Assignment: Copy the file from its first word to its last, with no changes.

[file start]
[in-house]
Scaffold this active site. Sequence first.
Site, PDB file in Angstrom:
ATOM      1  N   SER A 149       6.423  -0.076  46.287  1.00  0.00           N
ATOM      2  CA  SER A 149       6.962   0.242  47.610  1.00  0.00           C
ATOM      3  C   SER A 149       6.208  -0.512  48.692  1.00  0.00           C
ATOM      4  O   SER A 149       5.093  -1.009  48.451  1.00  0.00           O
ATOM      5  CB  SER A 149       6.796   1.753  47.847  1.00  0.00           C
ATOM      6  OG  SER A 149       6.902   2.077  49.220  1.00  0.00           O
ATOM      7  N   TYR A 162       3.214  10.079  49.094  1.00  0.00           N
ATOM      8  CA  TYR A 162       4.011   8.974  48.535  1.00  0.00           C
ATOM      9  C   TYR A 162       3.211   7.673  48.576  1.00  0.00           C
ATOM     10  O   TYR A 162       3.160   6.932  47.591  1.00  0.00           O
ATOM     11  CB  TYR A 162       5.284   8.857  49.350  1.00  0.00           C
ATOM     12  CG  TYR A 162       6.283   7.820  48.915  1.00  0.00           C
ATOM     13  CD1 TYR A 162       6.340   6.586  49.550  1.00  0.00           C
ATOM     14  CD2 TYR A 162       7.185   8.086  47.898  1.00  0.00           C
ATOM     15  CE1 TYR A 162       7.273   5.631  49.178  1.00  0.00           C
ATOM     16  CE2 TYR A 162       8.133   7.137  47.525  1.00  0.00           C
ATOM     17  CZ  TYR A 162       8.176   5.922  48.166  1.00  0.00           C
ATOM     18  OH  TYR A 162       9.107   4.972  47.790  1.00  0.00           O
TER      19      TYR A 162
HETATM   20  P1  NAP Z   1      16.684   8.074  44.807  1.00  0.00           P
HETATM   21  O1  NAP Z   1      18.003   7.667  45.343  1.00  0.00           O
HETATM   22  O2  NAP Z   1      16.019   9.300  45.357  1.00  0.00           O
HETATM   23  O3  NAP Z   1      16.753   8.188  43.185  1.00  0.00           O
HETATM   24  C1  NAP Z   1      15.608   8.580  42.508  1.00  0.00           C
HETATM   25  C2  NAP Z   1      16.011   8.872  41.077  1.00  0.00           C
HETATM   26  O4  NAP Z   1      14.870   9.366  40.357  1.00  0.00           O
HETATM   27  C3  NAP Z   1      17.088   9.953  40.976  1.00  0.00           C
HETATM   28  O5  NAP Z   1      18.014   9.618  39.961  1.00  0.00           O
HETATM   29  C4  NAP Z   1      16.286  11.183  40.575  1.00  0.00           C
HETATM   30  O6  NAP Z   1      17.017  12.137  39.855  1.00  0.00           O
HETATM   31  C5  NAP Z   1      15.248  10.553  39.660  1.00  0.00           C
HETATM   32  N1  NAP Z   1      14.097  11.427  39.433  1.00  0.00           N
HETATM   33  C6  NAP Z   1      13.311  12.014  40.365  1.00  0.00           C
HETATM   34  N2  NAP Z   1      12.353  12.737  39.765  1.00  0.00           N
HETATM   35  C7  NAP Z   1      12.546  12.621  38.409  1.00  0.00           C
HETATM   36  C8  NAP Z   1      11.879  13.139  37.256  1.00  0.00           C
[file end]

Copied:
[in-house]
Scaffold this active site. Sequence first.
Site, PDB file in Angstrom:
ATOM      1  N   SER A 149       6.423  -0.076  46.287  1.00  0.00           N
ATOM      2  CA  SER A 149       6.962   0.242  47.610  1.00  0.00           C
ATOM      3  C   SER A 149       6.208  -0.512  48.692  1.00  0.00           C
ATOM      4  O   SER A 149       5.093  -1.009  48.451  1.00  0.00           O
ATOM      5  CB  SER A 149       6.796   1.753  47.847  1.00  0.00           C
ATOM      6  OG  SER A 149       6.902   2.077  49.220  1.00  0.00           O
ATOM      7  N   TYR A 162       3.214  10.079  49.094  1.00  0.00           N
ATOM      8  CA  TYR A 162       4.011   8.974  48.535  1.00  0.00           C
ATOM      9  C   TYR A 162       3.211   7.673  48.576  1.00  0.00           C
ATOM     10  O   TYR A 162       3.160   6.932  47.591  1.00  0.00           O
ATOM     11  CB  TYR A 162       5.284   8.857  49.350  1.00  0.00           C
ATOM     12  CG  TYR A 162       6.283   7.820  48.915  1.00  0.00           C
ATOM     13  CD1 TYR A 162       6.340   6.586  49.550  1.00  0.00           C
ATOM     14  CD2 TYR A 162       7.185   8.086  47.898  1.00  0.00           C
ATOM     15  CE1 TYR A 162       7.273   5.631  49.178  1.00  0.00           C
ATOM     16  CE2 TYR A 162       8.133   7.137  47.525  1.00  0.00           C
ATOM     17  CZ  TYR A 162       8.176   5.922  48.166  1.00  0.00           C
ATOM     18  OH  TYR A 162       9.107   4.972  47.790  1.00  0.00           O
TER      19      TYR A 162
HETATM   20  P1  NAP Z   1      16.684   8.074  44.807  1.00  0.00           P
HETATM   21  O1  NAP Z   1      18.003   7.667  45.343  1.00  0.00           O
HETATM   22  O2  NAP Z   1      16.019   9.300  45.357  1.00  0.00           O
HETATM   23  O3  NAP Z   1      16.753   8.188  43.185  1.00  0.00           O
HETATM   24  C1  NAP Z   1      15.608   8.580  42.508  1.00  0.00           C
HETATM   25  C2  NAP Z   1      16.011   8.872  41.077  1.00  0.00           C
HETATM   26  O4  NAP Z   1      14.870   9.366  40.357  1.00  0.00           O
HETATM   27  C3  NAP Z   1      17.088   9.953  40.976  1.00  0.00           C
HETATM   28  O5  NAP Z   1      18.014   9.618  39.961  1.00  0.00           O
HETATM   29  C4  NAP Z   1      16.286  11.183  40.575  1.00  0.00           C
HETATM   30  O6  NAP Z   1      17.017  12.137  39.855  1.00  0.00           O
HETATM   31  C5  NAP Z   1      15.248  10.553  39.660  1.00  0.00           C
HETATM   32  N1  NAP Z   1      14.097  11.427  39.433  1.00  0.00           N
HETATM   33  C6  NAP Z   1      13.311  12.014  40.365  1.00  0.00           C
HETATM   34  N2  NAP Z   1      12.353  12.737  39.765  1.00  0.00           N
HETATM   35  C7  NAP Z   1      12.546  12.621  38.409  1.00  0.00           C
HETATM   36  C8  NAP Z   1      11.879  13.139  37.256  1.00  0.00           C